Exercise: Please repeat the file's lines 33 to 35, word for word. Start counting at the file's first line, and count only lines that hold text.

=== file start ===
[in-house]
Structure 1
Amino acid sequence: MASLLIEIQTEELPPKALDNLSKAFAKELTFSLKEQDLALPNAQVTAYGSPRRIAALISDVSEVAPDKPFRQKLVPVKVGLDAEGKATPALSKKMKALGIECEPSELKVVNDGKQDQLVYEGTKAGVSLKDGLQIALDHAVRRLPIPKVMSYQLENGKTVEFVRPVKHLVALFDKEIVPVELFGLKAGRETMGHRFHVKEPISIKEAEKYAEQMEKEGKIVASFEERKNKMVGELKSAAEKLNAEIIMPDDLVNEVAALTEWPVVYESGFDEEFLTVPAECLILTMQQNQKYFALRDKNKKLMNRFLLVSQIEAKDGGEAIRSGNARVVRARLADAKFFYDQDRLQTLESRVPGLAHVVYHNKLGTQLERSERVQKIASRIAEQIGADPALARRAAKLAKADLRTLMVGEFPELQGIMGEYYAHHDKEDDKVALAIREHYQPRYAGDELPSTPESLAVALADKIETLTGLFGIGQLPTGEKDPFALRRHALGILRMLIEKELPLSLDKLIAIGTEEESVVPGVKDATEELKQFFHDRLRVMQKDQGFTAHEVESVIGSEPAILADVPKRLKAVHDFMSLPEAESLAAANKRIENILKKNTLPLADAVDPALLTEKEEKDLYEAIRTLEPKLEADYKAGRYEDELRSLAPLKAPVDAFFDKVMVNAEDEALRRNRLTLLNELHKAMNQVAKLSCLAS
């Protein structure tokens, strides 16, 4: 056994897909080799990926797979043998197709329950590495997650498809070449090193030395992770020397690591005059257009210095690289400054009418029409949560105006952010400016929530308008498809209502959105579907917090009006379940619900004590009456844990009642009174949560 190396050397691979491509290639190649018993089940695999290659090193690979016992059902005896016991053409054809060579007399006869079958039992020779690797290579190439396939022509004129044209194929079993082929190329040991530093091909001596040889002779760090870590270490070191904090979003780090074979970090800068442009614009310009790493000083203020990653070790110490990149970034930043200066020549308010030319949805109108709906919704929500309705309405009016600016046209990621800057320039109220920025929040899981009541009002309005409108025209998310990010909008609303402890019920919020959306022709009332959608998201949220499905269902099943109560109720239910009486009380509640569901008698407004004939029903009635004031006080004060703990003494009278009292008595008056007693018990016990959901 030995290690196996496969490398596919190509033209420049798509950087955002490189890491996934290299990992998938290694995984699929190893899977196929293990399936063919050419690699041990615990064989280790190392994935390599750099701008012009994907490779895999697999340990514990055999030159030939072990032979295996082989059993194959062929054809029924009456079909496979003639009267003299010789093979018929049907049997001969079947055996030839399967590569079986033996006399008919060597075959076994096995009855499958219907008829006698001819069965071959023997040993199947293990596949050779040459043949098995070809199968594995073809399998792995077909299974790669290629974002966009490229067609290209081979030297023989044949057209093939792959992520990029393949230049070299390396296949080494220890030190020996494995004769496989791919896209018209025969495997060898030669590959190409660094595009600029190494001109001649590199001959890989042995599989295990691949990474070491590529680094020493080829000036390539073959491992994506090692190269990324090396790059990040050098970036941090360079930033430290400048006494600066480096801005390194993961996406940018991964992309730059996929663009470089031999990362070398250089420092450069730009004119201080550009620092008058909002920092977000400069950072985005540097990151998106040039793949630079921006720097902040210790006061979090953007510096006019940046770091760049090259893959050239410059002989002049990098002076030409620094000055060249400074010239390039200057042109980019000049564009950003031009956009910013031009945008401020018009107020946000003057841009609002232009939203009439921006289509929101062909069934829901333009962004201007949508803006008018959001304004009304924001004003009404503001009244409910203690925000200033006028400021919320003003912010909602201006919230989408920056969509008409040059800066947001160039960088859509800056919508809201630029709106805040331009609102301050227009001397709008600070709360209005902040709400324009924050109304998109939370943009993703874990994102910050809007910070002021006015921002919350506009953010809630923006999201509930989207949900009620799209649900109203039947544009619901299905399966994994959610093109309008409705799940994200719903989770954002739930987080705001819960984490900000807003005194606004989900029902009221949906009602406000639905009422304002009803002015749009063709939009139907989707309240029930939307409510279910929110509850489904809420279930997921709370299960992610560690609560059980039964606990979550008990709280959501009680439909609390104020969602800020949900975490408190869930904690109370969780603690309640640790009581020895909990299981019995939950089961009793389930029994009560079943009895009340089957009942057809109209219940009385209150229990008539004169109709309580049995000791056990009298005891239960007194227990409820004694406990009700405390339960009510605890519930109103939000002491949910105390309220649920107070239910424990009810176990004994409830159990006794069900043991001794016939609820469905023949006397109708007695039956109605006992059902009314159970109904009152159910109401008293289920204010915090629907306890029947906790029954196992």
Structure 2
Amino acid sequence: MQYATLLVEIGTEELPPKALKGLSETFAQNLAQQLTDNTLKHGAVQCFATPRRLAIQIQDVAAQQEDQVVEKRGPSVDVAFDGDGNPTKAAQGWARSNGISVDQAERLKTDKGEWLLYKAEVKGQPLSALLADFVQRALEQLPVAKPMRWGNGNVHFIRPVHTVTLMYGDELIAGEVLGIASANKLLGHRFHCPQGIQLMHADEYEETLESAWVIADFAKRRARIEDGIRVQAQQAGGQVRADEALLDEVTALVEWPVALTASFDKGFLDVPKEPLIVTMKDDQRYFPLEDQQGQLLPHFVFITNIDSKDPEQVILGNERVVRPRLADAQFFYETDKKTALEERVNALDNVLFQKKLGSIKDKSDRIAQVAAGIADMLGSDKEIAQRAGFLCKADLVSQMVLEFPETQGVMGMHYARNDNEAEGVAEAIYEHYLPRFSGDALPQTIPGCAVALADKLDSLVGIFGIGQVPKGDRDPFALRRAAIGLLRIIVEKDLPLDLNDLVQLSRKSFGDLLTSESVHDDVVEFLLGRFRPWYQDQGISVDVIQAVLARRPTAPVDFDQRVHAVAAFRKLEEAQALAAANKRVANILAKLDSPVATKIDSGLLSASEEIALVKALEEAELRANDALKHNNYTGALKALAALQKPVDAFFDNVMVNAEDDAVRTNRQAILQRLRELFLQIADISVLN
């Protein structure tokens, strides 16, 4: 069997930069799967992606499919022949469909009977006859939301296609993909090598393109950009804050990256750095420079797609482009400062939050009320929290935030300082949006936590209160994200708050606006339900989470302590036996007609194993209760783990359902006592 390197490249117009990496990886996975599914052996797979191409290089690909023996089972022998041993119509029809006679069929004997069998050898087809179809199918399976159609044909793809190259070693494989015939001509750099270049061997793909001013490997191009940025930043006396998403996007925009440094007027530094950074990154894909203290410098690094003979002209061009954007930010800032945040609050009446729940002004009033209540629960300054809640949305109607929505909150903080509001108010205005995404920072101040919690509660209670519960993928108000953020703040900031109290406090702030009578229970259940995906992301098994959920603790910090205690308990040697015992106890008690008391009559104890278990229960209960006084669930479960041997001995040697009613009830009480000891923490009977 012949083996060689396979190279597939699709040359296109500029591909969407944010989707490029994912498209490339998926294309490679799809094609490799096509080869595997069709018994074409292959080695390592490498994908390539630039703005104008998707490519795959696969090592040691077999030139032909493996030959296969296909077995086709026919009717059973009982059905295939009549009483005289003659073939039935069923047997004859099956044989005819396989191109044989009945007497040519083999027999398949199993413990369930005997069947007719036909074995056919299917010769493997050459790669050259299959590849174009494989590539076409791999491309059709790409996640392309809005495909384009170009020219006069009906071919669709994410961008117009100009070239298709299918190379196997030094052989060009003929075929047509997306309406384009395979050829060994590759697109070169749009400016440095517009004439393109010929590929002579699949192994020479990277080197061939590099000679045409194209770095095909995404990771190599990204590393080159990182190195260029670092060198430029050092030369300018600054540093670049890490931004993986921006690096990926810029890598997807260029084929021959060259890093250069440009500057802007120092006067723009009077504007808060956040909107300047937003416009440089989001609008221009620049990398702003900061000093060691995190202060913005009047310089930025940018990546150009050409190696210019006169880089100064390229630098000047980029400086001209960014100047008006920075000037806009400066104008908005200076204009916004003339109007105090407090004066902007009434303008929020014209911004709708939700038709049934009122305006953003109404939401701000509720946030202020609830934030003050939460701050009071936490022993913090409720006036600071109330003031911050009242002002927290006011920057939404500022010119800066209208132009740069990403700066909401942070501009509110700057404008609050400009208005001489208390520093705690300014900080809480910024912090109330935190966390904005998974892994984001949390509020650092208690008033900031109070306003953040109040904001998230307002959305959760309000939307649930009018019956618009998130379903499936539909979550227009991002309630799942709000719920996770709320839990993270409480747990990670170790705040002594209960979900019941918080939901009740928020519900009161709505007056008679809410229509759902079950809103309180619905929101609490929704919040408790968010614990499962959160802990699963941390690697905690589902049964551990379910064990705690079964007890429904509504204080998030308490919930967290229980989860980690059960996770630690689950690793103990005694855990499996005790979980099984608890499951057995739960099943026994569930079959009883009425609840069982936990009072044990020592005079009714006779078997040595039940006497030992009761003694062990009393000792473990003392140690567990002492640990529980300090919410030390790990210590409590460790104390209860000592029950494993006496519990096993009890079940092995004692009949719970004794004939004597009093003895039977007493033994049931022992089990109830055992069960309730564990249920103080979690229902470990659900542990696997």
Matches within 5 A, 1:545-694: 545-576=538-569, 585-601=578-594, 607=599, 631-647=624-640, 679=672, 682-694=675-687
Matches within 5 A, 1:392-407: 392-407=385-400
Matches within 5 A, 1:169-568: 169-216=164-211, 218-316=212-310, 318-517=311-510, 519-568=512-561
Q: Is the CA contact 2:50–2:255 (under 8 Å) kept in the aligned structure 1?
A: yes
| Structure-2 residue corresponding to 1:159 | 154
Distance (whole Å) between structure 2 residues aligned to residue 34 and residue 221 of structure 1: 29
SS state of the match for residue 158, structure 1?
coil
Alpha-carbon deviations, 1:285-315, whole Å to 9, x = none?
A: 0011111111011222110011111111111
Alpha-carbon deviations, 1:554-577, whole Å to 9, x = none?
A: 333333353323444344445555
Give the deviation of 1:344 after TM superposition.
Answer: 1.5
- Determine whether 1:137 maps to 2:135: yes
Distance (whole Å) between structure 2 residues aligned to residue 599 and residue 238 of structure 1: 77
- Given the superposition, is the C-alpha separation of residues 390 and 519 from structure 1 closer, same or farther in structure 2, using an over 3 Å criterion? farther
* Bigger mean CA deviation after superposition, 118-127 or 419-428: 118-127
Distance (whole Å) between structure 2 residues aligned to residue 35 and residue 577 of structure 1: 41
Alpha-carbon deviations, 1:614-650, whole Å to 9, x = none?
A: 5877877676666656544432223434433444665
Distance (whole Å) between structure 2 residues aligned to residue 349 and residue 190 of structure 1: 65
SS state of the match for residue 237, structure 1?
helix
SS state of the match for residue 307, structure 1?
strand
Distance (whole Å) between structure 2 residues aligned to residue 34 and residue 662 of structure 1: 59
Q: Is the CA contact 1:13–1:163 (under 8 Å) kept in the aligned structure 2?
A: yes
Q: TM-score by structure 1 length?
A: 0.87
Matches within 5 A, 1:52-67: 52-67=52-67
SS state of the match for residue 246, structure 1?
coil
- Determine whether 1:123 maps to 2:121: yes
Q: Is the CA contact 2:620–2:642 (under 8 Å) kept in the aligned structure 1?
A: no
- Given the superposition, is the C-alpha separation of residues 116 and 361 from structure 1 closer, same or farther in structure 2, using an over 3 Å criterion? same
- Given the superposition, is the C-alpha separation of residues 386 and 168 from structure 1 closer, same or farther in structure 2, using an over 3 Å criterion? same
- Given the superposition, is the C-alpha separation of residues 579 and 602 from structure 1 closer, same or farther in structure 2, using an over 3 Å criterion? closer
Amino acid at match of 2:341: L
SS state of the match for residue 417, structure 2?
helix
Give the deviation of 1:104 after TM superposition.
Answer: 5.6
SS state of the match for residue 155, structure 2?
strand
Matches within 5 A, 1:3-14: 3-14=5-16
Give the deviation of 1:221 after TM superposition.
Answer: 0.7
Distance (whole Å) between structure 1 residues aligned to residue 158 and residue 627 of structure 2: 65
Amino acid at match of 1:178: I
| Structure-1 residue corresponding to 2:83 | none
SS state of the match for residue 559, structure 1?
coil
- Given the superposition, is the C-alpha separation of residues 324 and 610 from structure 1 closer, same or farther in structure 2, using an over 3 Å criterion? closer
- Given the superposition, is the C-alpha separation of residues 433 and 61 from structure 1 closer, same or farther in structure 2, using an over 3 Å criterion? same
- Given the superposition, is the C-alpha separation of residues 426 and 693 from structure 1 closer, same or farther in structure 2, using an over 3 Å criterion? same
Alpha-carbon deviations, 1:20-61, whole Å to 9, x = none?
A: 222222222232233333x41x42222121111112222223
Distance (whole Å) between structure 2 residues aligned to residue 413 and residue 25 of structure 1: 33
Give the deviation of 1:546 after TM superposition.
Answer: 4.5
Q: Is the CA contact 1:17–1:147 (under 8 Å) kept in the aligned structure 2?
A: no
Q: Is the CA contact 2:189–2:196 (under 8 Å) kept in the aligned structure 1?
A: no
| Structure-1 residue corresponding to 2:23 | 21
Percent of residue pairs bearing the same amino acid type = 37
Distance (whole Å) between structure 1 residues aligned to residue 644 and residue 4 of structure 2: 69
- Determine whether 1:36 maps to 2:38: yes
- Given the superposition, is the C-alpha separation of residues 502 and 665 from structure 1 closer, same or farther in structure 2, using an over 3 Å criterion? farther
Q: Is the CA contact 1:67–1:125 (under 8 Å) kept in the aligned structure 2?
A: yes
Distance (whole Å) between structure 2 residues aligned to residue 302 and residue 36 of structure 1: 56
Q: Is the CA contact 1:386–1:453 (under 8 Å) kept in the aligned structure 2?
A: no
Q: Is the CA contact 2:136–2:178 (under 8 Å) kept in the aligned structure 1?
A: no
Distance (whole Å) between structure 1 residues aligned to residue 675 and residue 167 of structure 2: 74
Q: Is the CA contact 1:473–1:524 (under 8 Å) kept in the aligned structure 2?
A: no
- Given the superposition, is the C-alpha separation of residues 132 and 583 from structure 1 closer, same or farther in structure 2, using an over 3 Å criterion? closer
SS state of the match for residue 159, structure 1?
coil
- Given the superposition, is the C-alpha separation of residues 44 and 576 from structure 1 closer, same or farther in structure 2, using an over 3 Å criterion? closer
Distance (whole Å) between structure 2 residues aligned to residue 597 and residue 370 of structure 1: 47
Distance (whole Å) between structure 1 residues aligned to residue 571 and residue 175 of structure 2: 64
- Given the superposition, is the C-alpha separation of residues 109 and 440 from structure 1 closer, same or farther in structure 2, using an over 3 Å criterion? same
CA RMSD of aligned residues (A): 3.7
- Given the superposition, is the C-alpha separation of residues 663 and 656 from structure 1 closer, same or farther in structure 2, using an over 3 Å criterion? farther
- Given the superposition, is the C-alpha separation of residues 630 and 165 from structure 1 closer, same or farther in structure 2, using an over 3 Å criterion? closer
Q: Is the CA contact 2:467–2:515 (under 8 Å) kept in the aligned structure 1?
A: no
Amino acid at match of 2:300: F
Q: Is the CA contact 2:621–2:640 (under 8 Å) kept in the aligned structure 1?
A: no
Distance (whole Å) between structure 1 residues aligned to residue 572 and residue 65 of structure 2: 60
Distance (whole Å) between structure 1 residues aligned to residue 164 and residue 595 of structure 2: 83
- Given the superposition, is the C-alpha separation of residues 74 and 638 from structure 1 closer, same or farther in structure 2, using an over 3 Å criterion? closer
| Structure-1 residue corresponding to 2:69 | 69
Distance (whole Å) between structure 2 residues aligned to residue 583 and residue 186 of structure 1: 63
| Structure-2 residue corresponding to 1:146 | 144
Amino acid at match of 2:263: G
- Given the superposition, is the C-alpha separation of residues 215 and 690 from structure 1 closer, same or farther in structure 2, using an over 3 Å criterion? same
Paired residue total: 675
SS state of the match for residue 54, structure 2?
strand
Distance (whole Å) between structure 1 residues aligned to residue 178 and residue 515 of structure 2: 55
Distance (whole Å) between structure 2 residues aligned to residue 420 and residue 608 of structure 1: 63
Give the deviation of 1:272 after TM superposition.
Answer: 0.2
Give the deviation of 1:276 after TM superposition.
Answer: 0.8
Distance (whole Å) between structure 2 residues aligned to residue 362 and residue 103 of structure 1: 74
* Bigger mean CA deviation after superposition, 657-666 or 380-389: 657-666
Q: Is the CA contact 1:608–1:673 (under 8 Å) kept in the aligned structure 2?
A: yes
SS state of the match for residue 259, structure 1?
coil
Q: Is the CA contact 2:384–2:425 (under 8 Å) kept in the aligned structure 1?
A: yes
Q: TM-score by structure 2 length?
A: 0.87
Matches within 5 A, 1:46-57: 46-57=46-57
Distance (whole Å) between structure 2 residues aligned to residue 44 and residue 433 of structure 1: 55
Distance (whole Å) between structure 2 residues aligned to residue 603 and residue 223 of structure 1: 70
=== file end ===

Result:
SS state of the match for residue 307, structure 1?
strand
Distance (whole Å) between structure 2 residues aligned to residue 34 and residue 662 of structure 1: 59